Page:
I am reading Acemoglu 1996 and the Walrasian allocation in section II makes me confused. The setting is following.

The economy lasts for two periods and consists of two types of agents, firms and workers, with a continuum of equal measure (normalized to 1) of both types.

At $t=0$ workers choose their education level and firms choose their capital stock. At $t=1$ productive relations are formed and output is divided between the firm and the worker.

The production function for pair $(i, j)$ is $$y_{i j}=A h_{i}^{\alpha} k_{j}^{1-\alpha}$$ , with cost of capital constant $\mu$.

Worker $i$ maximizes his utility $$V_{i}\left(c_{i}, h_{i}\right)=c_{i}-\frac{1 h_{i}^{1+\Gamma}}{\delta_{i} 1+\Gamma}$$ with $\Gamma>0$, where $c_{i}=W_{i}$. (I guess here is a typo and the denominator should be $\delta_{i} (1+\Gamma)$)

The author states the frictionless Walrasian system as following.

"At $t=0$, the auctioneer calls out wage and rate of returns schedules ($w(h, k)$, $r(h, k)$), and trade stops when all markets clear. The economy will be in Walrasian equilibrium, if and only if (a) given the distribution of investments, the allocation of workers to firms and the wage and rate of return functions are in equilibrium, and (b) given the final rewards, the ex ante investment decisions are privately optimal."

"With Walrasian markets, a worker is allocated to the firm where his marginal product is highest, and since human and physical capital are complements, the most skilled worker will be working for the most productive firm."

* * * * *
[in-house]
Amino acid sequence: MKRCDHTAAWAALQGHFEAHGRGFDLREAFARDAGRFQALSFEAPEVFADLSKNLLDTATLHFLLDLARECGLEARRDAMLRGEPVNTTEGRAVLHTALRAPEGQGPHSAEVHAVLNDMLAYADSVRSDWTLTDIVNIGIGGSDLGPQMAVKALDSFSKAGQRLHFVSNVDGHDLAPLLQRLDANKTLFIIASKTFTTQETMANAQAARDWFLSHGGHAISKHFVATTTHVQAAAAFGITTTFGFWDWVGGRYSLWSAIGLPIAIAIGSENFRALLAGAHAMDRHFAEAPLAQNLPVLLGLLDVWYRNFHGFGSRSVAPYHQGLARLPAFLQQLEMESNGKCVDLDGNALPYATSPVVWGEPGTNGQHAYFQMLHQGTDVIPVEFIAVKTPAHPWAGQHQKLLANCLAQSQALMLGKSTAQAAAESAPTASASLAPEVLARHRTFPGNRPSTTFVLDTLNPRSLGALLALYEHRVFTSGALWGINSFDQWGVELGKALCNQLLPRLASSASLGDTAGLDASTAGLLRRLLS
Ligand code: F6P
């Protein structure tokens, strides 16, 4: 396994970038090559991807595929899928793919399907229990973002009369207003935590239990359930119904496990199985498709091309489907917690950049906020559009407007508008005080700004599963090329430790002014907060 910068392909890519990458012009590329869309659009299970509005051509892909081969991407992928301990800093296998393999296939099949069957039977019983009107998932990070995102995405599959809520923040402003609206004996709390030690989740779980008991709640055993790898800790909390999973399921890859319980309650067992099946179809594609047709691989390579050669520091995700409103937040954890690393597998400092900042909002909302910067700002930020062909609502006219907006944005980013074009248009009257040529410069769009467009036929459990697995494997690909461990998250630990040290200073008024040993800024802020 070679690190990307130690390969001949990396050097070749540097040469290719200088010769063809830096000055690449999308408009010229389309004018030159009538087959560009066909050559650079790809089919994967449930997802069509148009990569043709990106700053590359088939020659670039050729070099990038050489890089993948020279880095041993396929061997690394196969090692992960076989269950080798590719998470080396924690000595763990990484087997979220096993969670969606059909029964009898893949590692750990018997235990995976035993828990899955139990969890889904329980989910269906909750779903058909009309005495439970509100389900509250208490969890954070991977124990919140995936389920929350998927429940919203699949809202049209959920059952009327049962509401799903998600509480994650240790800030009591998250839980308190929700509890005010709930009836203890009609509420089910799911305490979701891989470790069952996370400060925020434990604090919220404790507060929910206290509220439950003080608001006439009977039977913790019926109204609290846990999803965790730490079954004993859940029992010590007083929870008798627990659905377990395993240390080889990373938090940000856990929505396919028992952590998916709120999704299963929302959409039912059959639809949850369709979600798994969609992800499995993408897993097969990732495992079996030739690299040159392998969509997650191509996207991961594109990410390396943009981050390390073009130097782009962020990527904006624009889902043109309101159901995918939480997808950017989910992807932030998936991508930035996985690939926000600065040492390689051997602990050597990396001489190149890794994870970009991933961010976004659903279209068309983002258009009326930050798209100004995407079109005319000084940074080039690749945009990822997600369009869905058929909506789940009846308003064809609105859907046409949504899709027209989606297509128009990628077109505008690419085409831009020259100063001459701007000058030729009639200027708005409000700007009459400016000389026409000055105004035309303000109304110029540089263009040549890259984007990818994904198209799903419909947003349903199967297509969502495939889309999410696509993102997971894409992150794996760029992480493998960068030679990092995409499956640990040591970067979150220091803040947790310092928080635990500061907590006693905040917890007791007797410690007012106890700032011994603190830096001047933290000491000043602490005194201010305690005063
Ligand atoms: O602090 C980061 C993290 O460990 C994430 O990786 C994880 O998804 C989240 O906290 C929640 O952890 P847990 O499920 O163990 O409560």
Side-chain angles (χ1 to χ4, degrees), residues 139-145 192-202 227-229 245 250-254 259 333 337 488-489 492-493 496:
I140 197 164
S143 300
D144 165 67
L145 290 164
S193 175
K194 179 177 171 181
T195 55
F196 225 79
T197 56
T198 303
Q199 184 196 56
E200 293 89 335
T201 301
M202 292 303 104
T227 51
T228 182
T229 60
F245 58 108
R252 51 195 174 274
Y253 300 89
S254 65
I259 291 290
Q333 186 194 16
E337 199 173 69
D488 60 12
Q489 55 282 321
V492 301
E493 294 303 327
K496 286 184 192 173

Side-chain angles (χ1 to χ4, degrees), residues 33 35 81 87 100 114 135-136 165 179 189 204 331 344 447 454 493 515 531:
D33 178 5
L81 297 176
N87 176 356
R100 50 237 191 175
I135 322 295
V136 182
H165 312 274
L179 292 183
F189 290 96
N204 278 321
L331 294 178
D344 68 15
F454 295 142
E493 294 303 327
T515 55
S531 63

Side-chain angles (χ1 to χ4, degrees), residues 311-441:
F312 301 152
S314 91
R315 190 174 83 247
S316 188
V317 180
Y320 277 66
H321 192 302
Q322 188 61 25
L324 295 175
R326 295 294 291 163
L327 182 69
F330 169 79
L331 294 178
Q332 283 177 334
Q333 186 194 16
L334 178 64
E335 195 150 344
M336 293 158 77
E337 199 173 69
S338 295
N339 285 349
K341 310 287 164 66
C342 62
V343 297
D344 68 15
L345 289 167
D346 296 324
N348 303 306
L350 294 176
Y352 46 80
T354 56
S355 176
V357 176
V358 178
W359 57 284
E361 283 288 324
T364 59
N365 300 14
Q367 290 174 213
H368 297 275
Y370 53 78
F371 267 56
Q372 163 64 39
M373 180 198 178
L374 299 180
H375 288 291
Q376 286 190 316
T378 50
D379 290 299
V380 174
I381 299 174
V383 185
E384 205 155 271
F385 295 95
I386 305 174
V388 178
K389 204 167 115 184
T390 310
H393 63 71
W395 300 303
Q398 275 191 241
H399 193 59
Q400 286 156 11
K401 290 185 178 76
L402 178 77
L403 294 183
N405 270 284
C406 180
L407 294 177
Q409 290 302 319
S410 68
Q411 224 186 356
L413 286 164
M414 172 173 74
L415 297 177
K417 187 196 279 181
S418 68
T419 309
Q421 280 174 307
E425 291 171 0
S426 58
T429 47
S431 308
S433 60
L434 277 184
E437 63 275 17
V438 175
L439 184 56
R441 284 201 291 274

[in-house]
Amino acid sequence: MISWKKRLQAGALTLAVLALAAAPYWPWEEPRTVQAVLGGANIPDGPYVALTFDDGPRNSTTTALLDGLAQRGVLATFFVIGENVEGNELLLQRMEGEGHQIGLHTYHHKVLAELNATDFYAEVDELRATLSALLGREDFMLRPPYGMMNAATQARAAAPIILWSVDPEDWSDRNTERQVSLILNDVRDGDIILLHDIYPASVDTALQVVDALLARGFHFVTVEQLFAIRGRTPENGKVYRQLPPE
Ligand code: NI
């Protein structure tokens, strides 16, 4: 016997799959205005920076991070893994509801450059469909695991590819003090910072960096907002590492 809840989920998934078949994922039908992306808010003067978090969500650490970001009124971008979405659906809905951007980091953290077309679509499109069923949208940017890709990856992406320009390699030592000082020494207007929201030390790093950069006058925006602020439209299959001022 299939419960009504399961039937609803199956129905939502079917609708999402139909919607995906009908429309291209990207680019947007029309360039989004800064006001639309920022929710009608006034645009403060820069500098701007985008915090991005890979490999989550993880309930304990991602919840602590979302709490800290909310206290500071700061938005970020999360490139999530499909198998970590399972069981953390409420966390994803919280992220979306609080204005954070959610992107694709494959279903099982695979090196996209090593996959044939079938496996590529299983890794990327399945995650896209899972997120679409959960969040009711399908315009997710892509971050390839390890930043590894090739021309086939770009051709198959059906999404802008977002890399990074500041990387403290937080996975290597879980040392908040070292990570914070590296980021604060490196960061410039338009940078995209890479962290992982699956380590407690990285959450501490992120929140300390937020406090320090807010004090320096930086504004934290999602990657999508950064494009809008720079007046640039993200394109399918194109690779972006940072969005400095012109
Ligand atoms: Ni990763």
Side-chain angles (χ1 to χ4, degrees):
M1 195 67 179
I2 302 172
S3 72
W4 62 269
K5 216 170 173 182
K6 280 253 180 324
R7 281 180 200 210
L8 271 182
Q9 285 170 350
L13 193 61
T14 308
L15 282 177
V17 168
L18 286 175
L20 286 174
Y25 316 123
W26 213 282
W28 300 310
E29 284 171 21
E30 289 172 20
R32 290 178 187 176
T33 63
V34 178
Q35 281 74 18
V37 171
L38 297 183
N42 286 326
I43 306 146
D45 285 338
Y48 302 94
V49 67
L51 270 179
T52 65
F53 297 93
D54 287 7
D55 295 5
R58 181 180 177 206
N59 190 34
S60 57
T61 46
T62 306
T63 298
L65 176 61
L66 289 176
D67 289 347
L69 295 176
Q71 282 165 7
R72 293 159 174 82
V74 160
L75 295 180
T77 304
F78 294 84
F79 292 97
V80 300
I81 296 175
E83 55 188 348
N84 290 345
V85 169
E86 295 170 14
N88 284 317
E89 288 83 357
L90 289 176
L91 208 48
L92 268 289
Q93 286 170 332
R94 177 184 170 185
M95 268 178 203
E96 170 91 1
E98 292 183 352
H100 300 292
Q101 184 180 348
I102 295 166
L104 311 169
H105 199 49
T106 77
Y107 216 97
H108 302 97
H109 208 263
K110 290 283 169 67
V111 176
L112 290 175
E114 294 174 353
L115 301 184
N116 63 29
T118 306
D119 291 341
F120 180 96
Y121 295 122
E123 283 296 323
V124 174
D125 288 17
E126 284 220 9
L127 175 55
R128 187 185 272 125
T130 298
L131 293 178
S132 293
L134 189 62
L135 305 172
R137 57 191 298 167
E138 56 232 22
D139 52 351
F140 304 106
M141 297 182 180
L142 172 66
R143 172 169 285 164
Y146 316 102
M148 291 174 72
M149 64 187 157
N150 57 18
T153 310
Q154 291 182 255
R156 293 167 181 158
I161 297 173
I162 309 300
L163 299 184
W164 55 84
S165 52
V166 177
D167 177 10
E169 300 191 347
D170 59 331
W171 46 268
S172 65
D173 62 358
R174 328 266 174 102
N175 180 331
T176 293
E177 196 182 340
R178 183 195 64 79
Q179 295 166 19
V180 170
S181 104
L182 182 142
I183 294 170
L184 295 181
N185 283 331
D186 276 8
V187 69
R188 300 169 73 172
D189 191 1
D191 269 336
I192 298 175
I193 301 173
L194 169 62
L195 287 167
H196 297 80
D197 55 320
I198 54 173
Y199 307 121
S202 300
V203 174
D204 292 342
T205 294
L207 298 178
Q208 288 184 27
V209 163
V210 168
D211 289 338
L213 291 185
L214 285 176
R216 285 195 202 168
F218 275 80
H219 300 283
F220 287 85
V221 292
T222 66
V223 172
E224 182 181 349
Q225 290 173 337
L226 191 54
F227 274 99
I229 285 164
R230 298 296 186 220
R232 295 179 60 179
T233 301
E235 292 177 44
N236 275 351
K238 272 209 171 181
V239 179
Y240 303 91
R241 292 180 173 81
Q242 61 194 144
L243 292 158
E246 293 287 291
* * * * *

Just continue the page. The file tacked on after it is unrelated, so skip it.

"This allocation is a Walrasian equilibrium if and only if all agents are paid their marginal products in their pairings. Therefore, $$w\left(h_{i}, k_{j}\right)=\alpha A h_{i}^{\alpha-1} k_{j}^{1-\alpha}$$ $$r\left(h_{i}, k_{j}\right)=(1-\alpha) A h_{i}^{\alpha} k_{j}^{-\alpha}$$ for all equilibrium pairs $\left(h_{i}, k_{j}\right)$. The total equilibrium income of the worker will therefore be given as $W_{i}=w\left(h_{i}, k_{j}\right) h_{i} .$ The total income of the firm, $R_{j}$, is similarly defined."

"In the Walrasian allocation it must be the case that $r\left(h_{i}, k_{j}\right)=$ $\mu$, for all equilibrium pairs $\left(h_{i}, k_{j}\right)$ which, therefore, must have the same physical to human capital ratio $\frac{h_{i}}{k_{j}}=\left(\frac{\mu}{(1-\alpha) A}\right)^{1 / \alpha}$."

"The optimal human capital of worker $i$ is given by maximizing $\alpha A h_{i}^{\alpha-1} k_{j}^{1-\alpha}=h_{i}^{\Gamma} / \delta_{i}$."

Question 1: To see "the ex ante investment decisions are privately optimal", we consider the worker maximizes utility $V_{i}\left(c_{i}, h_{i}\right)= w\left(h_{i}, k_{j}\right) h_{i} -\frac{1 h_{i}^{1+\Gamma}}{\delta_{i} 1+\Gamma}$ and the firm maximizes profit $r\left(h_{i}, k_{j}\right)k_{j} - \mu k_{j}$. From the derivation above, it then seems that the agents take the price function as given and thus do not need to consider the effect of their choices on the wage profiles? I cannot get round this as I think the wage profile is a function of agents' choices.

Questions 2: (This continues the first question.) I understand the statement "allocation is a Walrasian equilibrium iff all agents are paid their marginal products in their pairings" as that under competitive equilibrium, all agents take the price schedules as given and then optimize respectively. However here it seems that there are two choices for each agent, the investment choice and the pair choice. It seems to me that there should be some sequential game and we should consider the Nash equilibrium. Why is this not necessary here?

Questions 3: How can we show it more formally and mathematically that under these price schedules, the markets clear? Also it seems that under the Walrasian equilibrium, we obtain a positive assortative matching (which makes sense as we have complementary inputs in the production). I wonder that when the measure of two types of agents are not equal, is it that there would not be Walrasian equilibrium anymore, but is there still positive assortative matching?



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